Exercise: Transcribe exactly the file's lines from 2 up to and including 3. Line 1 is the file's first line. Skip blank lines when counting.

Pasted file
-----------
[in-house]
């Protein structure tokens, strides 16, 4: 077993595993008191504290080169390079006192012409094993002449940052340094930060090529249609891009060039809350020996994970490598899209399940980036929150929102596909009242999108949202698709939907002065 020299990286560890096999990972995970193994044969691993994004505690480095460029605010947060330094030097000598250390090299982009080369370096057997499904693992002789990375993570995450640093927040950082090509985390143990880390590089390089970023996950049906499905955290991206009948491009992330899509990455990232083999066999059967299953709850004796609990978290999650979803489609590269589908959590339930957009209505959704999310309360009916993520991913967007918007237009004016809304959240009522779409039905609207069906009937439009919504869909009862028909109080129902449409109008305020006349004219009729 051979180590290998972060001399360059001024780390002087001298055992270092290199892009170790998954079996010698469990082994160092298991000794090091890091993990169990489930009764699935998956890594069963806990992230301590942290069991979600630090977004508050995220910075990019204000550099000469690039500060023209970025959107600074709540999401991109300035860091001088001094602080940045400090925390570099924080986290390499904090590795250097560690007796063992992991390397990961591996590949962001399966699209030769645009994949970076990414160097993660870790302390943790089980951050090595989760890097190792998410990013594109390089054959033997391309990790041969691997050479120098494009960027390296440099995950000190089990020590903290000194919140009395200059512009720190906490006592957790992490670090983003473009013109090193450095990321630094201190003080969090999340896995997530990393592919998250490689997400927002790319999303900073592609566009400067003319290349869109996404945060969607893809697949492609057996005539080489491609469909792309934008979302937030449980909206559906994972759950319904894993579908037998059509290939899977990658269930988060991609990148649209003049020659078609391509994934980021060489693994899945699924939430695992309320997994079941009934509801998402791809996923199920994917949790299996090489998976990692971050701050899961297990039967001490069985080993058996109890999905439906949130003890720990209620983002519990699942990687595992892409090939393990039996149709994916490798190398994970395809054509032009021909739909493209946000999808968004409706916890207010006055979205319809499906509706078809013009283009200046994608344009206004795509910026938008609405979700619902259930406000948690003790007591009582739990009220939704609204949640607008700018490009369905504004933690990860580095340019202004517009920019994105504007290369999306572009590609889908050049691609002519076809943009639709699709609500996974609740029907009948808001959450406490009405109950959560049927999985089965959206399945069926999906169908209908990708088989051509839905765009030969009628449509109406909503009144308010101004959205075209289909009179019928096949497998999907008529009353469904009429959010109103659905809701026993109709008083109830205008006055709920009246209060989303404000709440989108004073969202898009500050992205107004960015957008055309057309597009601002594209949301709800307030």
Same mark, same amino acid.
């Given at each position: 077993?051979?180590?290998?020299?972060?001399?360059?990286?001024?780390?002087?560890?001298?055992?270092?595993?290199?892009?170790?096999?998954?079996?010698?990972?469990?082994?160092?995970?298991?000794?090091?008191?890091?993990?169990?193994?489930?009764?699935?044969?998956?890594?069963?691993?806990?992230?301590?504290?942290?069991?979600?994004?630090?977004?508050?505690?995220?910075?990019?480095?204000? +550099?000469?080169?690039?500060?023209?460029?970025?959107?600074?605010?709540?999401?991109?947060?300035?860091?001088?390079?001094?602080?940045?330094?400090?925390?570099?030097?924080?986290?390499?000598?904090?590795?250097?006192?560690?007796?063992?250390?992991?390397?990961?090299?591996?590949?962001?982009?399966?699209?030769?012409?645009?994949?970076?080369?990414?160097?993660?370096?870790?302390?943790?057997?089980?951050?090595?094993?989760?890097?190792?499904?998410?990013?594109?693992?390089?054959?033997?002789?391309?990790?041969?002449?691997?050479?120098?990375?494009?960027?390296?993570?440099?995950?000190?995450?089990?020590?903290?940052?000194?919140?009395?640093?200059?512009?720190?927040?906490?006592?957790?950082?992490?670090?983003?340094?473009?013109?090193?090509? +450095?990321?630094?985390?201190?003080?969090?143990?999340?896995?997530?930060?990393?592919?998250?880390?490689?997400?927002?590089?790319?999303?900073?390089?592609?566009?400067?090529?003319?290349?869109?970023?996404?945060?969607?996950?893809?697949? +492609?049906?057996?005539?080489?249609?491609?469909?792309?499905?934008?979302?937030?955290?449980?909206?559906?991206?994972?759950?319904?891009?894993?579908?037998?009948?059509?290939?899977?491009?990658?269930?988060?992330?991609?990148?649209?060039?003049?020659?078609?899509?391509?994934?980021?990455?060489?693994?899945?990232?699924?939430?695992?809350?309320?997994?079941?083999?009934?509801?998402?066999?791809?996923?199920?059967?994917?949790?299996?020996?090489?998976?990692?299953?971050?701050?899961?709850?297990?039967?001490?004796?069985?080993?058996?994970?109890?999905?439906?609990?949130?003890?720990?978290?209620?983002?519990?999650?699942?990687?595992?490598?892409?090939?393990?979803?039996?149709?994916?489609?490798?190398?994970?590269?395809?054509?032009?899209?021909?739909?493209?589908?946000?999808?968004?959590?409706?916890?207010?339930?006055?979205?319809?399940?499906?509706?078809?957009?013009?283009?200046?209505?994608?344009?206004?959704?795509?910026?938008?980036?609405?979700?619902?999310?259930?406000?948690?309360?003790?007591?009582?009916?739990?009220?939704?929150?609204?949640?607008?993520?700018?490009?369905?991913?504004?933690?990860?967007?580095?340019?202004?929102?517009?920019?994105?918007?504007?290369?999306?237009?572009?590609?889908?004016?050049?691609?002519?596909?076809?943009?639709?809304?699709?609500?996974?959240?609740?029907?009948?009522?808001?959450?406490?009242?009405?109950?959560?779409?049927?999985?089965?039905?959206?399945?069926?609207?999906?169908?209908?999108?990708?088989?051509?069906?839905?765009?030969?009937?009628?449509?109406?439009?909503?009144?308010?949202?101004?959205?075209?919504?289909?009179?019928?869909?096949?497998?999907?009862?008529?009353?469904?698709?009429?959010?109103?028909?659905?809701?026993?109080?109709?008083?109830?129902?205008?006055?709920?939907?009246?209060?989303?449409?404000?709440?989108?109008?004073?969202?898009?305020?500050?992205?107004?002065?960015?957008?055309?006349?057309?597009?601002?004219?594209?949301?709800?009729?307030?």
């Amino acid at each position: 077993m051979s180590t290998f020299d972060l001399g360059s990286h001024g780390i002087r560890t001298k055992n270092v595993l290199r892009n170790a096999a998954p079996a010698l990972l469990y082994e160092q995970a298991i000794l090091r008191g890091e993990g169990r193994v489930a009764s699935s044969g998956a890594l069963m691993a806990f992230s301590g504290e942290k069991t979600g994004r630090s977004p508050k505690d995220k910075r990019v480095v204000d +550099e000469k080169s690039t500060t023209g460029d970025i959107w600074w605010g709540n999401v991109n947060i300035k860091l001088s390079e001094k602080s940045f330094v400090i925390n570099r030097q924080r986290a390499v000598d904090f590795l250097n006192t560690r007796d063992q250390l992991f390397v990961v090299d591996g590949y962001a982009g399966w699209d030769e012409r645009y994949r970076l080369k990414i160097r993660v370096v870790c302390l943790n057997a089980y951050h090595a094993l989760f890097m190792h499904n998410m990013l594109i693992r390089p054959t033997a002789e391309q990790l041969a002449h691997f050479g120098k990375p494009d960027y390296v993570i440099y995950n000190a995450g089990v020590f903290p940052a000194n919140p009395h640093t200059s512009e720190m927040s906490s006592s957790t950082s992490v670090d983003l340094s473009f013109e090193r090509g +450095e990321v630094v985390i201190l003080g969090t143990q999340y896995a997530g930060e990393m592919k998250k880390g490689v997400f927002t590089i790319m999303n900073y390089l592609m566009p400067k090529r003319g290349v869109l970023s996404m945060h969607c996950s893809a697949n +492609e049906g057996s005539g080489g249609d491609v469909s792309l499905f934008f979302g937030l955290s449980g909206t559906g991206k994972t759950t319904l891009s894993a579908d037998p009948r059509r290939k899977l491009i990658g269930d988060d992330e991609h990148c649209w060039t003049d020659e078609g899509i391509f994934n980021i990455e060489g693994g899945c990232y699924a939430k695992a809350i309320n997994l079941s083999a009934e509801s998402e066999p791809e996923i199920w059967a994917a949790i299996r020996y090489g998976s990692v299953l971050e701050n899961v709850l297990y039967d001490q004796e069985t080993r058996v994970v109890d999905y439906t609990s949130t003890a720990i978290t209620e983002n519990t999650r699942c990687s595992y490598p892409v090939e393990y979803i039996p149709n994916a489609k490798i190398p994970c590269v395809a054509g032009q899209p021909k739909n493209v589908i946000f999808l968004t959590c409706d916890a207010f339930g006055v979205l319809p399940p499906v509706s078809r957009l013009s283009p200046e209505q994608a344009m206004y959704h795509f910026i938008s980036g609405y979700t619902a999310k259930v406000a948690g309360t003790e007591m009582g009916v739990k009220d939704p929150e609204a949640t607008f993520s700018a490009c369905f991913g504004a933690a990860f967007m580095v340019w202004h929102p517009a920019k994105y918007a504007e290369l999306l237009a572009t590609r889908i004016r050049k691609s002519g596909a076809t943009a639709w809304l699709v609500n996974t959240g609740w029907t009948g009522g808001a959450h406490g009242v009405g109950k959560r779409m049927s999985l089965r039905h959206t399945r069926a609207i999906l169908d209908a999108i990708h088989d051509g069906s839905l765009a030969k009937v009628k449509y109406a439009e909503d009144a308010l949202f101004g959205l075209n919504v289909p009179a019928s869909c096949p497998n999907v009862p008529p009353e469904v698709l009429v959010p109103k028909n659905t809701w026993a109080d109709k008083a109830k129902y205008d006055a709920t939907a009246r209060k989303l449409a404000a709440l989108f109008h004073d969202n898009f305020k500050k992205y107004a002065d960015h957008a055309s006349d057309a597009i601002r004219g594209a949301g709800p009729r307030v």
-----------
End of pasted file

């Protein structure tokens, strides 16, 4: 077993595993008191504290080169390079006192012409094993002449940052340094930060090529249609891009060039809350020996994970490598899209399940980036929150929102596909009242999108949202698709939907002065 020299990286560890096999990972995970193994044969691993994004505690480095460029605010947060330094030097000598250390090299982009080369370096057997499904693992002789990375993570995450640093927040950082090509985390143990880390590089390089970023996950049906499905955290991206009948491009992330899509990455990232083999066999059967299953709850004796609990978290999650979803489609590269589908959590339930957009209505959704999310309360009916993520991913967007918007237009004016809304959240009522779409039905609207069906009937439009919504869909009862028909109080129902449409109008305020006349004219009729 051979180590290998972060001399360059001024780390002087001298055992270092290199892009170790998954079996010698469990082994160092298991000794090091890091993990169990489930009764699935998956890594069963806990992230301590942290069991979600630090977004508050995220910075990019204000550099000469690039500060023209970025959107600074709540999401991109300035860091001088001094602080940045400090925390570099924080986290390499904090590795250097560690007796063992992991390397990961591996590949962001399966699209030769645009994949970076990414160097993660870790302390943790089980951050090595989760890097190792998410990013594109390089054959033997391309990790041969691997050479120098494009960027390296440099995950000190089990020590903290000194919140009395200059512009720190906490006592957790992490670090983003473009013109090193450095990321630094201190003080969090999340896995997530990393592919998250490689997400927002790319999303900073592609566009400067003319290349869109996404945060969607893809697949492609057996005539080489491609469909792309934008979302937030449980909206559906994972759950319904894993579908037998059509290939899977990658269930988060991609990148649209003049020659078609391509994934980021060489693994899945699924939430695992309320997994079941009934509801998402791809996923199920994917949790299996090489998976990692971050701050899961297990039967001490069985080993058996109890999905439906949130003890720990209620983002519990699942990687595992892409090939393990039996149709994916490798190398994970395809054509032009021909739909493209946000999808968004409706916890207010006055979205319809499906509706078809013009283009200046994608344009206004795509910026938008609405979700619902259930406000948690003790007591009582739990009220939704609204949640607008700018490009369905504004933690990860580095340019202004517009920019994105504007290369999306572009590609889908050049691609002519076809943009639709699709609500996974609740029907009948808001959450406490009405109950959560049927999985089965959206399945069926999906169908209908990708088989051509839905765009030969009628449509109406909503009144308010101004959205075209289909009179019928096949497998999907008529009353469904009429959010109103659905809701026993109709008083109830205008006055709920009246209060989303404000709440989108004073969202898009500050992205107004960015957008055309057309597009601002594209949301709800307030």
Same mark, same amino acid.